First up, this is a letter submitted to The Australian Financial Review on Monday afternoon, which the paper declined to run:

Disclose the Woodside proxies tomorrow

Proxy voting ahead of Friday’s pivotal Woodside Petroleum EGM on the US$2.68 billion Shell buyback proposal closes at noon on Wednesday AEST, 48 hours before the meeting opens.

After the recent experience of trading in Westfield shares ahead of its original May 29 meetings to vote on their market-sensitive restructuring proposal, the ASX and Woodside should heed the lessons and opt for one of the following options: 

  1. Fully disclose the final proxy votes data before trading commences on Thursday; or
  2. Go into a trading halt for all of Thursday and Friday so there is no risk of leaks or speculation on the proxies;

It is true that proxies can be revoked on the day or shareholders can turn up to vote, but it is very rare indeed for a proxy mandate to be reversed at a shareholder meeting.

Therefore, Woodside, Computershare and the ASX should all work hard to disclose this market-sensitive information as soon as it is available, similar to what the Nexus Energy board did ahead of its recent EGM on the proposed 2c-a-share Seven Group takeover which was defeated on both the proxies and the final poll.

Such a move on this reportedly knife-edge Woodside vote would represent a step forward in Australia’s commendable continuous disclosure regime.

Stephen Mayne
Australian Shareholders’ Association

Lo and behold, Woodside Petroleum did precisely that this morning, setting a new precedent for an ASX 100 company when it revealed these audited proxy figures before trading commenced, which showed only 71.3% of directed proxies in favour. With the deal set to be defeated, Woodside shares tumbled 88c or more than 2% to $42 in late-morning trade on the expectation that Shell might seek to dump its full 13.58% stake on the market.

Woodside chairman Michael Chaney could always “do a Westfield” and seek to adjourn tomorrow’s meeting and then strong-arm those who voted “against”, but this is considered highly unlikely because he values his reputation and is starting too far behind.

Based on the numbers releases this morning, this is where the vote currently stands:

Shares on issue: 823.6 million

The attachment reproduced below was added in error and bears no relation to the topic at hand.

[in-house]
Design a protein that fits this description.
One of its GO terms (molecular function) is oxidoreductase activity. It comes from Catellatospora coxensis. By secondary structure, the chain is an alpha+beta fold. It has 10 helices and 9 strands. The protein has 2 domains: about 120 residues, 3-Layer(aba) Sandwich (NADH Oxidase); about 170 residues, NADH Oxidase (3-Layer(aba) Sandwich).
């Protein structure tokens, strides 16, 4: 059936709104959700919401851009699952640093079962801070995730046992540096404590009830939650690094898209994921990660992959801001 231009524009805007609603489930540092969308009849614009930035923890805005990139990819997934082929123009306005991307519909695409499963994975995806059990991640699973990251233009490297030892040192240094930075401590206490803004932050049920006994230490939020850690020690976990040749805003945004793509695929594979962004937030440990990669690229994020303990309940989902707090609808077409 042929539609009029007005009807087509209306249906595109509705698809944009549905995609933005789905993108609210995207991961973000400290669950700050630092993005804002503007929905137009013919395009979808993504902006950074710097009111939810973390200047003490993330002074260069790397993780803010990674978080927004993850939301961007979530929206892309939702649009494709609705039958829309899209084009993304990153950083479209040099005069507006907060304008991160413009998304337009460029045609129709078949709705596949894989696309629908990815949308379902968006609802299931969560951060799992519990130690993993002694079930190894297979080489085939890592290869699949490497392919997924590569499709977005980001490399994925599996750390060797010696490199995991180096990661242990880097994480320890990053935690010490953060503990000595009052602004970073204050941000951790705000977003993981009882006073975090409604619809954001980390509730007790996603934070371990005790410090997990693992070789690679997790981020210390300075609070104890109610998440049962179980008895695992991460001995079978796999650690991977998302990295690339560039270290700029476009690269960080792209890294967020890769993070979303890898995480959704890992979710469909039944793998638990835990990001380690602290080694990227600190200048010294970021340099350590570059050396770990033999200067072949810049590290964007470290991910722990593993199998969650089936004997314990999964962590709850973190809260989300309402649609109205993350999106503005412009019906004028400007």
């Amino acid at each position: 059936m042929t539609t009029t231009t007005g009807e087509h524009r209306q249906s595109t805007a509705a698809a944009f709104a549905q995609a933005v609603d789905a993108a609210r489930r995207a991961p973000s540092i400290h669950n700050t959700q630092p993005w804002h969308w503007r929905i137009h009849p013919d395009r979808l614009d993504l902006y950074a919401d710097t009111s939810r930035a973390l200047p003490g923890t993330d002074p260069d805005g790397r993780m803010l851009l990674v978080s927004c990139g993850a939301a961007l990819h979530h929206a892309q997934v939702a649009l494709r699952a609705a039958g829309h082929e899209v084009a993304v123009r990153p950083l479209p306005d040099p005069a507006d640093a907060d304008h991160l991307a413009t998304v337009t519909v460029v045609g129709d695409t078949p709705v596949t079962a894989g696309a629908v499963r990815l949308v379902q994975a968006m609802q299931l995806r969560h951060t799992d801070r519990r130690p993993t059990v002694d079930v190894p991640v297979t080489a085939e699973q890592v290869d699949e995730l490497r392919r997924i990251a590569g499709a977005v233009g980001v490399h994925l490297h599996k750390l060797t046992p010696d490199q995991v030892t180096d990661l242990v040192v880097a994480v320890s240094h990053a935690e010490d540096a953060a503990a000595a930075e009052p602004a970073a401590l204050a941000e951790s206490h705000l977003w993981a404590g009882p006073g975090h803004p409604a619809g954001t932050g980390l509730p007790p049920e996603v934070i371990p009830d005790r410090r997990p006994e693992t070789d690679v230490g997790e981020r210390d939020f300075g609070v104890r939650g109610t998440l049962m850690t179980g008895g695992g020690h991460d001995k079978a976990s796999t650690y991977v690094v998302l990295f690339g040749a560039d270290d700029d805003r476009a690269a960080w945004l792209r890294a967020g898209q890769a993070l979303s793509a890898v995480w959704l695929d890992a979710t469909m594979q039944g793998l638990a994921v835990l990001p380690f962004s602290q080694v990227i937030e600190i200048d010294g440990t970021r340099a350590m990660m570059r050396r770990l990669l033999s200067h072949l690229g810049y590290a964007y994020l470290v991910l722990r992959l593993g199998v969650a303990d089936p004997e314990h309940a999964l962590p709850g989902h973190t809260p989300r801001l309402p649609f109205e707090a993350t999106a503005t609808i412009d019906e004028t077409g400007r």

Shell holding not eligible to vote: 111.85 million

Shares available to vote: 711.7 million

Turnout so far at 59% of eligible votes: 420 million

Eligible shares not votes so far: 291.7 million

What is not yet known is the ASA proxy position and undirected proxies held by the chair, both of which will be voted in favour. Assuming there are 7 million undirected proxies in these two categories (similar to the recent AGM), the voting situation is as follows:

For: 301.6 million or 71.8%

Against: 118.5 million or 28.2%

To get the deal over the high hurdle of a 75% super-majority, Woodside needs an additional 54 million votes in favour or 13.5 million current “against” votes to flip on the day to a “for” vote. This is a very tall ask.

The arguments for and against the deal are spelt out in this ASA Voting Intentions report outlining a vote in favour. Essentially, it is a trade-off decision between the benefits of dispensing of Shell’s negative influence over Woodside with the principle of doing a special tax-effective deal for one shareholder that also gobbles up 31% of Woodside’s accumulated franking credits.

Remarkably, the independent expert Grant Samuel tried to argue these franking credits have no balance sheet value. This is rubbish; it does make sense for low-tax Australian resident shareholders, such as super funds and self-managed super funds, to oppose the deal and instead argue vigorously for an equal access buyback available to all shareholders. Such a buyback funnels franking credits to Australian shareholders but isn’t much use to international shareholders or people like Woodside chairman Michael Chaney or CEO Michael Coleman, who are in the top tax bracket.

Ironically, the key block of votes that have defeated the deal are the American clients of global proxy advisory firm ISS, which recommended against the deal. The other international proxy adviser, Glass Lewis, recommended in favour, but the two locals, Ownership Matters and ACSI, both advised clients to vote against — largely because of the franking credits argument.

Woodside has almost 220,000 shareholders and the turnout tomorrow will be interesting. The average for an ASX 50 company last year was just 5.3%, but Westfield Retail got to 12% and a ferocious proxy solicitation campaign by David Jones achieved a remarkable 31% turnout. I’m tipping about 30,000 Woodside shareholders will vote.

Shell fetched a healthy $3 billion in June when it dumped an additional 9.5% stake in Woodside on the market at $41.35 a share — a skinny discount of just 3.5%. This underwritten offer was 1.8 times over-subscribed so there is plenty of demand for Woodside shares if Shell completes the biggest ever foreign exit from an ASX-listed company through conventional on-market means.